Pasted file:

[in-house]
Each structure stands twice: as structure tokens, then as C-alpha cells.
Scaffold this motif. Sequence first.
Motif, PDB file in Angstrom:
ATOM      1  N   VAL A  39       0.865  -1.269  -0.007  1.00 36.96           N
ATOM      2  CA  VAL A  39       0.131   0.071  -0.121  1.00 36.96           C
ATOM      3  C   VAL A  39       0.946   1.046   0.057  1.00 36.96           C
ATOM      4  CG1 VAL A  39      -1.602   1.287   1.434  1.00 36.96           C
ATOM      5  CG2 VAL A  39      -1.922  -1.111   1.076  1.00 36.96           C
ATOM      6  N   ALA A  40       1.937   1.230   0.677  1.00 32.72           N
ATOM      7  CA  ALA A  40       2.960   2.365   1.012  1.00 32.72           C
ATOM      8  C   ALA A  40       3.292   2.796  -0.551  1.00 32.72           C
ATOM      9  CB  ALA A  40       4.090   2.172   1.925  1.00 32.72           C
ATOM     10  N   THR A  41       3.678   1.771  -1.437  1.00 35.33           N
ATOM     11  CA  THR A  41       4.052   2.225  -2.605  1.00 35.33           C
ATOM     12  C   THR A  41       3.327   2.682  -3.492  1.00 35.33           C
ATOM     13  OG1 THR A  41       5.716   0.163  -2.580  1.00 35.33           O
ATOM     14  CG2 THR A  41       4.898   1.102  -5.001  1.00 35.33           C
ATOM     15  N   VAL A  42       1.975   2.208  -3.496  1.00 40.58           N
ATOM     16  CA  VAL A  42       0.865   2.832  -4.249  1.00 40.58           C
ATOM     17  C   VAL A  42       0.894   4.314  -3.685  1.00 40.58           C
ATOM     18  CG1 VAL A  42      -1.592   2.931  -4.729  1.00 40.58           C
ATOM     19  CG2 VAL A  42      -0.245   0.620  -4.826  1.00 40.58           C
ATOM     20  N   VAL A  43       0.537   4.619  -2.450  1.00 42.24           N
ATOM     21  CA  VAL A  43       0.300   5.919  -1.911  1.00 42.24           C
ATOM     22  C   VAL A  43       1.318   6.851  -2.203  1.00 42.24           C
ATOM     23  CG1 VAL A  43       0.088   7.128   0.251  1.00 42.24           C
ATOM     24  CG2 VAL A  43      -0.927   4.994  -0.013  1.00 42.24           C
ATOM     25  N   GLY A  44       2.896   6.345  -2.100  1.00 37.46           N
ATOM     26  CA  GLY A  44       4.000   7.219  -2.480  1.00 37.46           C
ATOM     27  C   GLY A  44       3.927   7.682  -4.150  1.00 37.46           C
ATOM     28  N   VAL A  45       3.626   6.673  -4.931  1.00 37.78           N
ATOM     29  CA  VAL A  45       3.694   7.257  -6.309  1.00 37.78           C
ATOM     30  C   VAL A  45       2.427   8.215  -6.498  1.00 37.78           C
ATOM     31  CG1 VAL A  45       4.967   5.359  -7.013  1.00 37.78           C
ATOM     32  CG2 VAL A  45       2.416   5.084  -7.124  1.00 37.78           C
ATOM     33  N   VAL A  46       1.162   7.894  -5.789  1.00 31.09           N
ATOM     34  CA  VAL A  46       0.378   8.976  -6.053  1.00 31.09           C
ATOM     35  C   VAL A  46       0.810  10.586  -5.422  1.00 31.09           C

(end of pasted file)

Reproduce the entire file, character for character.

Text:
[in-house]
Each structure stands twice: as structure tokens, then as C-alpha cells.
Scaffold this motif. Sequence first.
Motif, PDB file in Angstrom:
ATOM      1  N   VAL A  39       0.865  -1.269  -0.007  1.00 36.96           N
ATOM      2  CA  VAL A  39       0.131   0.071  -0.121  1.00 36.96           C
ATOM      3  C   VAL A  39       0.946   1.046   0.057  1.00 36.96           C
ATOM      4  CG1 VAL A  39      -1.602   1.287   1.434  1.00 36.96           C
ATOM      5  CG2 VAL A  39      -1.922  -1.111   1.076  1.00 36.96           C
ATOM      6  N   ALA A  40       1.937   1.230   0.677  1.00 32.72           N
ATOM      7  CA  ALA A  40       2.960   2.365   1.012  1.00 32.72           C
ATOM      8  C   ALA A  40       3.292   2.796  -0.551  1.00 32.72           C
ATOM      9  CB  ALA A  40       4.090   2.172   1.925  1.00 32.72           C
ATOM     10  N   THR A  41       3.678   1.771  -1.437  1.00 35.33           N
ATOM     11  CA  THR A  41       4.052   2.225  -2.605  1.00 35.33           C
ATOM     12  C   THR A  41       3.327   2.682  -3.492  1.00 35.33           C
ATOM     13  OG1 THR A  41       5.716   0.163  -2.580  1.00 35.33           O
ATOM     14  CG2 THR A  41       4.898   1.102  -5.001  1.00 35.33           C
ATOM     15  N   VAL A  42       1.975   2.208  -3.496  1.00 40.58           N
ATOM     16  CA  VAL A  42       0.865   2.832  -4.249  1.00 40.58           C
ATOM     17  C   VAL A  42       0.894   4.314  -3.685  1.00 40.58           C
ATOM     18  CG1 VAL A  42      -1.592   2.931  -4.729  1.00 40.58           C
ATOM     19  CG2 VAL A  42      -0.245   0.620  -4.826  1.00 40.58           C
ATOM     20  N   VAL A  43       0.537   4.619  -2.450  1.00 42.24           N
ATOM     21  CA  VAL A  43       0.300   5.919  -1.911  1.00 42.24           C
ATOM     22  C   VAL A  43       1.318   6.851  -2.203  1.00 42.24           C
ATOM     23  CG1 VAL A  43       0.088   7.128   0.251  1.00 42.24           C
ATOM     24  CG2 VAL A  43      -0.927   4.994  -0.013  1.00 42.24           C
ATOM     25  N   GLY A  44       2.896   6.345  -2.100  1.00 37.46           N
ATOM     26  CA  GLY A  44       4.000   7.219  -2.480  1.00 37.46           C
ATOM     27  C   GLY A  44       3.927   7.682  -4.150  1.00 37.46           C
ATOM     28  N   VAL A  45       3.626   6.673  -4.931  1.00 37.78           N
ATOM     29  CA  VAL A  45       3.694   7.257  -6.309  1.00 37.78           C
ATOM     30  C   VAL A  45       2.427   8.215  -6.498  1.00 37.78           C
ATOM     31  CG1 VAL A  45       4.967   5.359  -7.013  1.00 37.78           C
ATOM     32  CG2 VAL A  45       2.416   5.084  -7.124  1.00 37.78           C
ATOM     33  N   VAL A  46       1.162   7.894  -5.789  1.00 31.09           N
ATOM     34  CA  VAL A  46       0.378   8.976  -6.053  1.00 31.09           C
ATOM     35  C   VAL A  46       0.810  10.586  -5.422  1.00 31.09           C